Monday, December 10, 2012

I Should At Least Mention Stolen Identity Refund Fraud (12/10/12)

I have not spent any time discussion stolen identity refund fraud ("SIRF") on this blog.  I know it exists and is important, indeed very important in terms of revenue and confidence in the system.  But, SIFR is just blatant stealing and is not the type of tax fraud (more subtle stealing?) that interests me or, I think, most of my readers.  As mentioned in a new article on the Criminal Tax Fraud conference in Las Vegas last week, commentators lamented, in effect, that the IRS is devoting valuable resources to SIRF rather than the type of tax fraud we all know and love.  See Shamik Trivedi, Current and Former CI Officals Debate Focus on Stolen Identity Refund Fraud, 2012 TNT 237-8 (12/10/12).  As reported, they said:
In 2006 CI was running 4,000 open investigations per year, and the most recent figures, from 2011, show more than 5,100 investigations per year, Speier [Richard Speier, former Chief of CI and now on the good side] said. "So I'm trying to figure out, with the escalation of enforcement priority devoted to refund crime, what that leaves for the rest?" 
Ian M. Comisky of Blank Rome LLP was more direct: "You're taking the finest financial investigators in the world, and you're having them do street crime."
I doubt that I will be spending much, if any, time on this blog with SIRF.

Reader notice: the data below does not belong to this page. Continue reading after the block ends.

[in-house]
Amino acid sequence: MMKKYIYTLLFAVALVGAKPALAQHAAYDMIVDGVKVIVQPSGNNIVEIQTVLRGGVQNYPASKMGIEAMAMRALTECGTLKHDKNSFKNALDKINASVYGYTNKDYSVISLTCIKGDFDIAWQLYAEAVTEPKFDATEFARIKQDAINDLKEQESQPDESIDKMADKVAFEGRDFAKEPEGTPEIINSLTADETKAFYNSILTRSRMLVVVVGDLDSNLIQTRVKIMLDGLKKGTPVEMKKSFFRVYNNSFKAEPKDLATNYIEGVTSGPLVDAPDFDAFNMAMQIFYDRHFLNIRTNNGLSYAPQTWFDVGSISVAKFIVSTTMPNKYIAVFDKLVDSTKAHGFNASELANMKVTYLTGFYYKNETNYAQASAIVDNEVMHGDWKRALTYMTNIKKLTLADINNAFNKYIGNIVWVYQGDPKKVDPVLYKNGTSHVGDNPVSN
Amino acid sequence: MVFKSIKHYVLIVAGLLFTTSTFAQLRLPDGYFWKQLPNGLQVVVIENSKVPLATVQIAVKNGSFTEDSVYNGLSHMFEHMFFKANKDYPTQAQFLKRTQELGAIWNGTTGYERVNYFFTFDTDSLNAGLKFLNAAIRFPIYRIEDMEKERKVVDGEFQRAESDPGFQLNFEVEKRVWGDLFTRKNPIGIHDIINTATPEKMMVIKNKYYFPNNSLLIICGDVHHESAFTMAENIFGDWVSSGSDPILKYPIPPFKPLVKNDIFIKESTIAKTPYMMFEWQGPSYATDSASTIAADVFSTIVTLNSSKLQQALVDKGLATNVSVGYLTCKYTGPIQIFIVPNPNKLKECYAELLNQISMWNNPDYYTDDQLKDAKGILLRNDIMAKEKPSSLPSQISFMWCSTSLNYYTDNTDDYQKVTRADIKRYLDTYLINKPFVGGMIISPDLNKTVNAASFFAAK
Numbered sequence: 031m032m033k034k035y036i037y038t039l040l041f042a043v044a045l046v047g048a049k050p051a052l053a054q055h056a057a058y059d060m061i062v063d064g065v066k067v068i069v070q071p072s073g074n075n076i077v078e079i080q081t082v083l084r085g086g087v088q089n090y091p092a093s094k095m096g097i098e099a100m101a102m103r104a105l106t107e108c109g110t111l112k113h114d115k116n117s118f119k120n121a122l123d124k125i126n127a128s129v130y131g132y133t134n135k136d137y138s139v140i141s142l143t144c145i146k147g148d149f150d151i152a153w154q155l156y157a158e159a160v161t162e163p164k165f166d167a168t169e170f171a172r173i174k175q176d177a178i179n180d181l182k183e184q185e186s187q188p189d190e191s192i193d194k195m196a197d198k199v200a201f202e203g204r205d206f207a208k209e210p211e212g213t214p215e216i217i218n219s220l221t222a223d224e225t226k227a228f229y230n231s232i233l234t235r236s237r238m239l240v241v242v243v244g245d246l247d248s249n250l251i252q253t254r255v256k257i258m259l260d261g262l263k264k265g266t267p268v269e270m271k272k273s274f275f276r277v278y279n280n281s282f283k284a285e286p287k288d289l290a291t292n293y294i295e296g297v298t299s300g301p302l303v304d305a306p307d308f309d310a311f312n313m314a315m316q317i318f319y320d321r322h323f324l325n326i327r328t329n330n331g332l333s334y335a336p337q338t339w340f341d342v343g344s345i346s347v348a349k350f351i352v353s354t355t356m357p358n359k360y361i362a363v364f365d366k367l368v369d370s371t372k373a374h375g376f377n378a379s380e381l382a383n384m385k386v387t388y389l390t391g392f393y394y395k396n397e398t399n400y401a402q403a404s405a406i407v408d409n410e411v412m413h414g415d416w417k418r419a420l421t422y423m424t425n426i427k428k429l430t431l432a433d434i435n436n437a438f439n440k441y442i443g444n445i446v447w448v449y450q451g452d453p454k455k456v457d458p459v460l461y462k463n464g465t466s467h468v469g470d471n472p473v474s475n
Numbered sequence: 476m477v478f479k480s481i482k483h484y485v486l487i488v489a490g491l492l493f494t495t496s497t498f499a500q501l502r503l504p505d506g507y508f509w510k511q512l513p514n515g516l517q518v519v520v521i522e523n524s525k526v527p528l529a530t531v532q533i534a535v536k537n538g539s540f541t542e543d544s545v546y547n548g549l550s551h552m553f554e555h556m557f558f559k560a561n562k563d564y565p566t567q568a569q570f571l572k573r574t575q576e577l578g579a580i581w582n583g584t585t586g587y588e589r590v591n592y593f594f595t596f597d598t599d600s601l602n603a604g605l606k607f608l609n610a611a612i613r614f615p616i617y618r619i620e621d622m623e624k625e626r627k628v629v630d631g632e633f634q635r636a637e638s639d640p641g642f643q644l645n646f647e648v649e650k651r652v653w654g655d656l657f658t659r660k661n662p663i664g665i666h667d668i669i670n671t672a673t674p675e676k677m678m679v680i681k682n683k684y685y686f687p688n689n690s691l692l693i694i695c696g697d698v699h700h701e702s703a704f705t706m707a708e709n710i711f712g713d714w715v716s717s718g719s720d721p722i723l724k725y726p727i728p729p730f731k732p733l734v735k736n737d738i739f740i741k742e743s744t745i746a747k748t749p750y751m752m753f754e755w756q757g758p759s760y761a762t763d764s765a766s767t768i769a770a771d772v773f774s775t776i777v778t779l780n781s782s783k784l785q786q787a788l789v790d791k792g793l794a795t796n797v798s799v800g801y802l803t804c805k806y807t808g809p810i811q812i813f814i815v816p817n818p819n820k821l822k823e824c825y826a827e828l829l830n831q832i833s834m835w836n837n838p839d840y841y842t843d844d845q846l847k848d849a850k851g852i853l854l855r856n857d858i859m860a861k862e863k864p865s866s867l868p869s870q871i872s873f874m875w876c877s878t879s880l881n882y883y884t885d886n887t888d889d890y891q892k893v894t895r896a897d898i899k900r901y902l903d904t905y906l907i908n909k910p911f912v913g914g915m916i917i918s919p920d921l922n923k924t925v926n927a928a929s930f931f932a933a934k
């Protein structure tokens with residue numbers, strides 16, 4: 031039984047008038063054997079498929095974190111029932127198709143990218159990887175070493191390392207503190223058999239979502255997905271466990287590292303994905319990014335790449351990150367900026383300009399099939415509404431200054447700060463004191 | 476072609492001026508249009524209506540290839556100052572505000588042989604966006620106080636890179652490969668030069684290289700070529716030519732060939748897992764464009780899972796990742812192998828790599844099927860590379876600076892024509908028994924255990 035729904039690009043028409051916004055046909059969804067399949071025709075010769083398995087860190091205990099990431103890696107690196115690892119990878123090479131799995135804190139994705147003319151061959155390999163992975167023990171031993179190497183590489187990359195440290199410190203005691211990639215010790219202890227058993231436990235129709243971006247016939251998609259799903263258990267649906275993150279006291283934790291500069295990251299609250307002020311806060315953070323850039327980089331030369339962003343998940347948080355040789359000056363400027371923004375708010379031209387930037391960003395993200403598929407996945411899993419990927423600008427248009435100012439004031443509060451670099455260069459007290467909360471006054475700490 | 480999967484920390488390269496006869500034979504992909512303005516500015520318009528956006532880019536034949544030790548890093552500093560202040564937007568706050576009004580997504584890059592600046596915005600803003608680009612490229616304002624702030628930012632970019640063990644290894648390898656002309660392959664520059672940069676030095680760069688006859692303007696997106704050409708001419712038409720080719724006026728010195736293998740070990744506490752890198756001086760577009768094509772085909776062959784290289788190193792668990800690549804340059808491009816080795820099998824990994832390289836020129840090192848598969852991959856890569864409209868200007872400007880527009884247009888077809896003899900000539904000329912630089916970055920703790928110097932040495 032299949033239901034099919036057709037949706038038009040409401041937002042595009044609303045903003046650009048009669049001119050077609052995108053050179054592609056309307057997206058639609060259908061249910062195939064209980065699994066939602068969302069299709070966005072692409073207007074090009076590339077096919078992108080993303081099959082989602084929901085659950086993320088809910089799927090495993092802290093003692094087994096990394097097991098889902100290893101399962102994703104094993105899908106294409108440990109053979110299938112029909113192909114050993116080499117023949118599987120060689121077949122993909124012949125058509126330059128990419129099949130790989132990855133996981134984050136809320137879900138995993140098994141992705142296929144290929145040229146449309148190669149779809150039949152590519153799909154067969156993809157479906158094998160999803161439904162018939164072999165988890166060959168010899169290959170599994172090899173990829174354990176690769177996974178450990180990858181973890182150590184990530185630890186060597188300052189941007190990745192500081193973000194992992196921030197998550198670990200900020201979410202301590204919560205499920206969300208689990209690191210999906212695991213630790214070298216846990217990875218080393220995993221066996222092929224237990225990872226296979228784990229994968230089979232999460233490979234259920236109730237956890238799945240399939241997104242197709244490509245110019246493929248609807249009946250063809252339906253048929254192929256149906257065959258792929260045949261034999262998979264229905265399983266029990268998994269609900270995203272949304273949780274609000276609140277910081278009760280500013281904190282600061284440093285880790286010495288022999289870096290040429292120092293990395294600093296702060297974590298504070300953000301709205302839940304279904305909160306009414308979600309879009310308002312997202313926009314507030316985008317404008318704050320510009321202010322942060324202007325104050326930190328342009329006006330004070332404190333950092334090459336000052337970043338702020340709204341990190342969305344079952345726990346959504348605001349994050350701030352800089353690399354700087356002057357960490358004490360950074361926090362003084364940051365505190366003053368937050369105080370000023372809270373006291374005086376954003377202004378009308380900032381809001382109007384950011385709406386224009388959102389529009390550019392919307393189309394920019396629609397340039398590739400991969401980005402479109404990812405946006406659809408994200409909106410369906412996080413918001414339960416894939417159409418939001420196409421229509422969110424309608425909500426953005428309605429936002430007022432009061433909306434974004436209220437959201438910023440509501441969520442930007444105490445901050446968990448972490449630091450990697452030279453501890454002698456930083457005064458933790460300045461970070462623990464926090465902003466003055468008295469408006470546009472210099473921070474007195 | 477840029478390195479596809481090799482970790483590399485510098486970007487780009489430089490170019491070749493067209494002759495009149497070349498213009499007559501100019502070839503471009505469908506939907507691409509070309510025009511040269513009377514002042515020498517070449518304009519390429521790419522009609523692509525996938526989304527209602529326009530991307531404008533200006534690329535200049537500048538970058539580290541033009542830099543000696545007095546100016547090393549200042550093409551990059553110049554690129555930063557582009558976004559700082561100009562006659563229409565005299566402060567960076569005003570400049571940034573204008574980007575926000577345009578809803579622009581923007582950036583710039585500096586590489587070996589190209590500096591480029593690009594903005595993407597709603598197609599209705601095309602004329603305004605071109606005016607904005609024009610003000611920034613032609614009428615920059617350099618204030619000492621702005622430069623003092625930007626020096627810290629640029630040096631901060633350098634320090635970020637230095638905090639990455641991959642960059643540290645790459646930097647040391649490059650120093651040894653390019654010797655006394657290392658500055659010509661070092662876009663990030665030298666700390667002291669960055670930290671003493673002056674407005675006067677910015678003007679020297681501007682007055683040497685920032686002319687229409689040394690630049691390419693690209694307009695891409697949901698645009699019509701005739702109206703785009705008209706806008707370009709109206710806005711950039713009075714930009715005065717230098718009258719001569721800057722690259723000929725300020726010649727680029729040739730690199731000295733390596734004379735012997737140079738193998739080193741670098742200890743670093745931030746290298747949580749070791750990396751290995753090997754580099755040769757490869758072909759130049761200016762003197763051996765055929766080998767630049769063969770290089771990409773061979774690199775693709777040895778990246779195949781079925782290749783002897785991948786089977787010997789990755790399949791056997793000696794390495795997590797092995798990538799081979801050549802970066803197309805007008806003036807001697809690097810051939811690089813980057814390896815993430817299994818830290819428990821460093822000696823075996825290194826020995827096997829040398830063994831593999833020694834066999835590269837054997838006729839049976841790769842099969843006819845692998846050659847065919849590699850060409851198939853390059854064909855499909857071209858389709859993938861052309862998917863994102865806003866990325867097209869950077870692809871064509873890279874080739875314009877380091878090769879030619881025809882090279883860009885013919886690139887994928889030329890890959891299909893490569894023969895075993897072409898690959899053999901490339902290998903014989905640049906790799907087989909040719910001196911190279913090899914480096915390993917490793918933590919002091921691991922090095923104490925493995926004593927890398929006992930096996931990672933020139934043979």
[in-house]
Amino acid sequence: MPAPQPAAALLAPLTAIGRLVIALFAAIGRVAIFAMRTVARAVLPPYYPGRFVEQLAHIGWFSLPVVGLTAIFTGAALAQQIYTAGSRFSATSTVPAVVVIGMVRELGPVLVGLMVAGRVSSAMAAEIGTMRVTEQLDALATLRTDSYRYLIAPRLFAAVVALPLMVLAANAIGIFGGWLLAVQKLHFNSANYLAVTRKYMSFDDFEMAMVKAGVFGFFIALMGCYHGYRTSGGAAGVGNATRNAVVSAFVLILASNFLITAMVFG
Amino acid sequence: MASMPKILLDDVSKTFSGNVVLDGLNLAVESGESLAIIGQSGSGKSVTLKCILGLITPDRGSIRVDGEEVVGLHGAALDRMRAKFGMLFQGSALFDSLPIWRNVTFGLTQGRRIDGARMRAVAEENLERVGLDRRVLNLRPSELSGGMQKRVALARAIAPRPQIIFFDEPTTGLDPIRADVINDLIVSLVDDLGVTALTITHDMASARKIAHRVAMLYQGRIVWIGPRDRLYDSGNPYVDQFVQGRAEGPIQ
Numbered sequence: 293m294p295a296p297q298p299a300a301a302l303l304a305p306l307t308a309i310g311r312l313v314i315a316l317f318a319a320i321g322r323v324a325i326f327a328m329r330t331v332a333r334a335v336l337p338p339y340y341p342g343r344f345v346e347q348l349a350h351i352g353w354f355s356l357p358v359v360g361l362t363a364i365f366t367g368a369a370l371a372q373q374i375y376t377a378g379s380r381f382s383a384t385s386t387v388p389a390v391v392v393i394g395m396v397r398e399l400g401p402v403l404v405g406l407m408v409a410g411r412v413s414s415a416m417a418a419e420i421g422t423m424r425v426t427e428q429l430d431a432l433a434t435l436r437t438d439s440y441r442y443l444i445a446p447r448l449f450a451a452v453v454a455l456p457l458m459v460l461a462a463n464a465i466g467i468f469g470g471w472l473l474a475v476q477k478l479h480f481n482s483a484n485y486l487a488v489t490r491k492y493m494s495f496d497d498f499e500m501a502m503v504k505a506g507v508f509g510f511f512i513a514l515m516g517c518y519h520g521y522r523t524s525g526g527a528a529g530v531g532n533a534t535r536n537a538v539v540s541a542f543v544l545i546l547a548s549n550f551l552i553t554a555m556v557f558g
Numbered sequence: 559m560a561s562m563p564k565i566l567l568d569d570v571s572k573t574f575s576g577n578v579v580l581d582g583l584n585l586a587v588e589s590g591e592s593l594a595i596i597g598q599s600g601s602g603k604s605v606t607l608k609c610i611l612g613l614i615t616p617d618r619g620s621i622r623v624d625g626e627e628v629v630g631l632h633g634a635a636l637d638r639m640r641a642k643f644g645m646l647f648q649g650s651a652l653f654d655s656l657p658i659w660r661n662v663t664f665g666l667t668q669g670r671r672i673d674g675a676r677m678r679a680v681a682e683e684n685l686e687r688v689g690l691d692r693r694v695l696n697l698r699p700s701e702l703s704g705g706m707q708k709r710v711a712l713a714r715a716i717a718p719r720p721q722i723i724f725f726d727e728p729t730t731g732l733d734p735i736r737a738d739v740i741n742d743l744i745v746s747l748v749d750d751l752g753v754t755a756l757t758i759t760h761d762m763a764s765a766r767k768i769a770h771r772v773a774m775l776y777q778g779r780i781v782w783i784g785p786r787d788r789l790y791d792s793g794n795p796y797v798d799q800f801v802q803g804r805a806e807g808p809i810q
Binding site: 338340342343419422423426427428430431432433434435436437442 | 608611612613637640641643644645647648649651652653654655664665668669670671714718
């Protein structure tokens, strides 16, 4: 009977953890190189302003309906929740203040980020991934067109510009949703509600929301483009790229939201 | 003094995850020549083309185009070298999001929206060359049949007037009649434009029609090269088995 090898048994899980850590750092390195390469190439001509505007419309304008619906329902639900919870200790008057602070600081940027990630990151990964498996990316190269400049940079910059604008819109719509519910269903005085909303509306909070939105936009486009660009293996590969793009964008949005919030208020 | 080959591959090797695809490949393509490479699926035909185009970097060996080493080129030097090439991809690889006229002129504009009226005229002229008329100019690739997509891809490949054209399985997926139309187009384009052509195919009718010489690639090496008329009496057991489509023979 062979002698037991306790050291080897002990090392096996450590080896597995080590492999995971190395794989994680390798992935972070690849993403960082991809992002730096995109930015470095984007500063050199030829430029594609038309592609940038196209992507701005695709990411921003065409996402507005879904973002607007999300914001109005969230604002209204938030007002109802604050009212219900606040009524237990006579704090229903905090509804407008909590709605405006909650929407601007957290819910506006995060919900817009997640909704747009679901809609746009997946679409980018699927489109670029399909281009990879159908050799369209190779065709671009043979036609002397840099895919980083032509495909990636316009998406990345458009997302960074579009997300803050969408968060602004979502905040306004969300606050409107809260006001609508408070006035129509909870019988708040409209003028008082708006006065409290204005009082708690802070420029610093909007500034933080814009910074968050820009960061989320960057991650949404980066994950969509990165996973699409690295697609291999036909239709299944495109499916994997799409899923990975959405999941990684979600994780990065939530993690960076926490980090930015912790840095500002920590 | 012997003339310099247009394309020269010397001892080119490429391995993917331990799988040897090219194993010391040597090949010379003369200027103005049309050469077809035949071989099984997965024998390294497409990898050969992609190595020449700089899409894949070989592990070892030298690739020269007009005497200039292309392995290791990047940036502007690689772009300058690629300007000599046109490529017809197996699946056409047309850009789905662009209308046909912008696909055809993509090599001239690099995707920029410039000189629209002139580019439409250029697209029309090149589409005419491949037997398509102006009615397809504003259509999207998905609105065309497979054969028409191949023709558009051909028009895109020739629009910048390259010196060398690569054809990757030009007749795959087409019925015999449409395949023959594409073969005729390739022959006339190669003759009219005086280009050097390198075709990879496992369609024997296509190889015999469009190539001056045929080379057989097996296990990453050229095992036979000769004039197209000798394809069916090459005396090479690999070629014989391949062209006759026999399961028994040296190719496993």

1. I remember reading about this type of fraud involving the EIC, earned income credit. There were cases in which thousands of refunds were sent to the same address and the IRS did not catch this until the money was long gone. Unfortunate that the IRS let this happen while devoting resources to the FBAR in which many (but not all) of those not disclosing accounts had made honest mistakes and were/are trying to fix them.

  2. One aspect of FATCA that does not get much discussion is the what could be the FATAL FLAW. Let's face it. This BIG global DATA collection of all Americans (US Persons) abroad is going to be subject to theft, fraud and in some cases targeting of Americans.

    Never before has an effort like this been under taken to identify all Americans living around the globe.The data will be in the hands of all the FFI's and governments of 193 countries around the world, and eventually, if you read all the FATCA Compliance Complex messages, we are moving towards a GATCA or automatic global tax information exchange data. How secure will it remain? What if you are an American living in a country where you for other valid security reasons besides tax evasion don't want to be identified?

    Probably one of the few articles that I have seen that discuss it best, is this one out of Lebanon. Being from the Middle East, I think their perspective in 'real world' application of data collection should be given some consideration.


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